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Gerard O’ConnellOctober 06, 2015
Pope Francis arrives for the morning session of the Synod of Bishops on the family at the Vatican, Oct. 6 (CNS photo/Paul Haring).

In a significant intervention at the plenary assembly of the synod on the family on the morning of its second working day, Pope Francis sought to put the record right on a number of issues, and clarified what is the status and subject matter of this synod.

He began with a most important one: reassuring the 270 fathers that the Catholic doctrine on marriage had not been put into question at the Extraordinary Synod in 2014 and so retains its full validity. In other words, it is not up for debate.   

His statement was read as a clear answer to the those bishops in the synod—a minority of the fathers, and other prelates who are not attending this three-week gathering—who have cast doubts on this matter, and would appear in this way to be seeking to challenge the progress made at that important assembly last year, a progress that is evident in the working document (the "Instrumentum Laboris").   

A number of bishops, clergy and lay people have given voice to their doubts over the past twelve months through various petitions, publications and declarations to the media, implying that the church doctrine on marriage is at risk in the synod, but the pope’s statement today effectively dismissed these challenges as groundless, and without foundation. 

His words also reassured the many fathers who are attending the synod on the family for the first time, and who risked being misled by such doubt casting.

Pope Francis also commented on the attention that is being given—particularly in the media—to the issue of whether divorced and civilly remarried Catholics may be allowed to receive the Eucharist under certain conditions.  He insisted that the synod cannot be reduced to this single issue; it is only one among a great many important topics being discussed, by the 318 participants at the synod (270 of whom are synod fathers with a right to vote in the final deliberations). He had made a similar comment also on the flight back from Philadelphia to Rome.

As mentioned in my report yesterday, many synod fathers wondered what the basic document for the discussion in the small groups should be given that Cardinal Erdo’s keynote report yesterday had, in many ways, taken a different approach to that of the working document. The latter text was approved by the Council for the Synod and the pope, and published last June.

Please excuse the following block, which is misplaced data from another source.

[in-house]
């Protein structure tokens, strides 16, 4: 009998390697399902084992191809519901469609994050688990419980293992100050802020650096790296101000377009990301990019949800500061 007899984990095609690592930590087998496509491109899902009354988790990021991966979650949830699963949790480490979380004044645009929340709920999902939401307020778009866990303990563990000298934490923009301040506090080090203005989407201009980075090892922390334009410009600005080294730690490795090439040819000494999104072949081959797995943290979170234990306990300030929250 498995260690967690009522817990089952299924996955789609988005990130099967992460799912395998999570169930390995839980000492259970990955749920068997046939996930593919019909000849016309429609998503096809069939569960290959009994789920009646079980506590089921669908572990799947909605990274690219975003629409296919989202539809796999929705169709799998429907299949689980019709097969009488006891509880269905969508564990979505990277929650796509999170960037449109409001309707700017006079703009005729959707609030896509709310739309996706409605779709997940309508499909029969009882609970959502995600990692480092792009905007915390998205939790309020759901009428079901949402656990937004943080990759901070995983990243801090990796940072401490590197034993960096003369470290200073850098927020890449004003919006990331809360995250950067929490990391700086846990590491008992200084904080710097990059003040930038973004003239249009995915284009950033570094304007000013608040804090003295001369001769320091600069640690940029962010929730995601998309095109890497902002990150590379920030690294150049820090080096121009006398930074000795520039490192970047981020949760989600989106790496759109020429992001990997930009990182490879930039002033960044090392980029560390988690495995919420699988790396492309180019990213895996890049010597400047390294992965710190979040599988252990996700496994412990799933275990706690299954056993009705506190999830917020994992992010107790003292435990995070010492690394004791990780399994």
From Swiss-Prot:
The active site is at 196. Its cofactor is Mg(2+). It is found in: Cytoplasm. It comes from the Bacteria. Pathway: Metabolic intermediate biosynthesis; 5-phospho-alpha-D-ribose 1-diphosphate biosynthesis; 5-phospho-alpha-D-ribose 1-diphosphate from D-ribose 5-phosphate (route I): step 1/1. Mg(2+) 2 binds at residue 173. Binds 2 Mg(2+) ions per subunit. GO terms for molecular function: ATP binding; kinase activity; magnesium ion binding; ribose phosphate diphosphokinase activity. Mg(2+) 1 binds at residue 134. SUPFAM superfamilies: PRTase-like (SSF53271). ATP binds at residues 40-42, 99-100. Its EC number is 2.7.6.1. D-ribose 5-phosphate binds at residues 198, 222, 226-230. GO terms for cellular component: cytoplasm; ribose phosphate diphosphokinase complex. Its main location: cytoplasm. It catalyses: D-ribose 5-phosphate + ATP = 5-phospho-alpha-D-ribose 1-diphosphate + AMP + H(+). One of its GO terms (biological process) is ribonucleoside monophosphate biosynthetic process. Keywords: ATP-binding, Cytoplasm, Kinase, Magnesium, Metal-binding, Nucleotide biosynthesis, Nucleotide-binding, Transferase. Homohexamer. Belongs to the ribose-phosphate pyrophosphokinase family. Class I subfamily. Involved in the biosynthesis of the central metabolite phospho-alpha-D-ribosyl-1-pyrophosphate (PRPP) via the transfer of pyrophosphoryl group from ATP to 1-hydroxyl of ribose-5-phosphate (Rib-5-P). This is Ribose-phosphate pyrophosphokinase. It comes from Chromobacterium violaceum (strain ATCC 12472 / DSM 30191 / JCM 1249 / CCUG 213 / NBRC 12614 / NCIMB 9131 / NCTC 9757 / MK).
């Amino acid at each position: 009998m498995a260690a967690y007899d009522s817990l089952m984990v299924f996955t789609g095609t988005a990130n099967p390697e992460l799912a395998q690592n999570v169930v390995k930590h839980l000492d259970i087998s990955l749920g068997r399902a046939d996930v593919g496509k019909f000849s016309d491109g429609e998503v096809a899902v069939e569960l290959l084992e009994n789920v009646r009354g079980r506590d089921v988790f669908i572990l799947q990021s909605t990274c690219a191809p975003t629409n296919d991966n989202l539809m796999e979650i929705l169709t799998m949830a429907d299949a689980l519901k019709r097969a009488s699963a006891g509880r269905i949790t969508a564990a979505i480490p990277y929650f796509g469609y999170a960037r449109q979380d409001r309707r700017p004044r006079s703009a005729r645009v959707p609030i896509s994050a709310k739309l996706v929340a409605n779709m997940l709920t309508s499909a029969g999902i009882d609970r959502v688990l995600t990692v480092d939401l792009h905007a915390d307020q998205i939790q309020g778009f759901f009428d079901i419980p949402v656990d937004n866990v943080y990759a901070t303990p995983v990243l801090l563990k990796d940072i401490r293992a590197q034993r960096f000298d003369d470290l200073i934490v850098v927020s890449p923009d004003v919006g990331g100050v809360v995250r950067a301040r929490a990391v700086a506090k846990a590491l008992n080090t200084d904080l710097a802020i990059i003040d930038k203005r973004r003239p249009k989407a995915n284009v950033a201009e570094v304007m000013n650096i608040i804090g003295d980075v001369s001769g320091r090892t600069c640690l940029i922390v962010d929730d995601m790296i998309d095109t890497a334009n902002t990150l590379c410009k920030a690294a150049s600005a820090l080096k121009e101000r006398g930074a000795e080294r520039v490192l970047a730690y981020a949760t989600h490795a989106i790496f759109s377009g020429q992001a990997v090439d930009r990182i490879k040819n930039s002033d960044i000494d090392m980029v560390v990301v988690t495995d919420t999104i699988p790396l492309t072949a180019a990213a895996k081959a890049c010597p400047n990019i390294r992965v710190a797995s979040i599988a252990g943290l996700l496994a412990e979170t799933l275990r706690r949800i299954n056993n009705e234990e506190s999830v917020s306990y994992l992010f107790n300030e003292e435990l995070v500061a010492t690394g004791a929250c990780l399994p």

This morning, Pope Francis stated clearly that the key documents for this synod are the final report of the 2014 synod, and his own two major speeches given at the beginning and the end of that assembly. This means the working document, which is the fruit of that synod and also incoporates the input from various sources over the year since then, stands as a basic text.

The Vatican spokesman, Fr. Federico Lombardi S.J., told the media at a press briefing today that “The Holy Father thought it important to say that what we are doing here must be seen as a continuation of last year.”

The pope also spoke in support of the new reformed methodology of the synod. Whereas the previous system, to a great extent, privileged speaking in the plenary assemblies, and had been heavily criticized for many years, the new system—now being introduced for the first time—by contrast gives considerable space for discussion in 13 small language groups, each with about 20 members. This enables participants to delve more deeply into the subject matter under discussion.    

Nevertheless, several synod fathers who had grown accustomed to the previous process voiced complaints against the Secretary General, Cardinal Lorenzo Baldisseri, for the new methodology. Some even suggested that the reform actually favored the more progressive sector at the synod.  

As archbishop of Buenos Aires (1998-2013), the future pope had attended several synods and had experienced at first hand the weakness, not to say the failure of that former process and methodology. Like a great many other bishops, he wanted it reformed, and as pope he ensured that this has happened. This morning, he came to the cardinal’s defense by making clear that he had personally approved this reform on September 7, and he also emphasized the great importance of the work that will be done in the small groups.

NOTE: The Vatican has not yet released a text of the pope’s words. This report is based on reports given at the briefing today, and other information available to the author. It may be subject to later revision. 


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8 years 4 months ago
In the interest of humility, when can the Catholic Church expect Raymond Cardinal Burke to issue an apology for the gross misrepresentation he did of the 2014 synod, the lies he spread about the Pope and Church are introducing "confusion", and the baseless, groundless, prideful acts of attack on the Holy Father? in the interest of humility, of course, we would expect Burke to proclaim as vociferously a mea culpa with or without a red silk train, as he did in casting doubt on the Church Just saying

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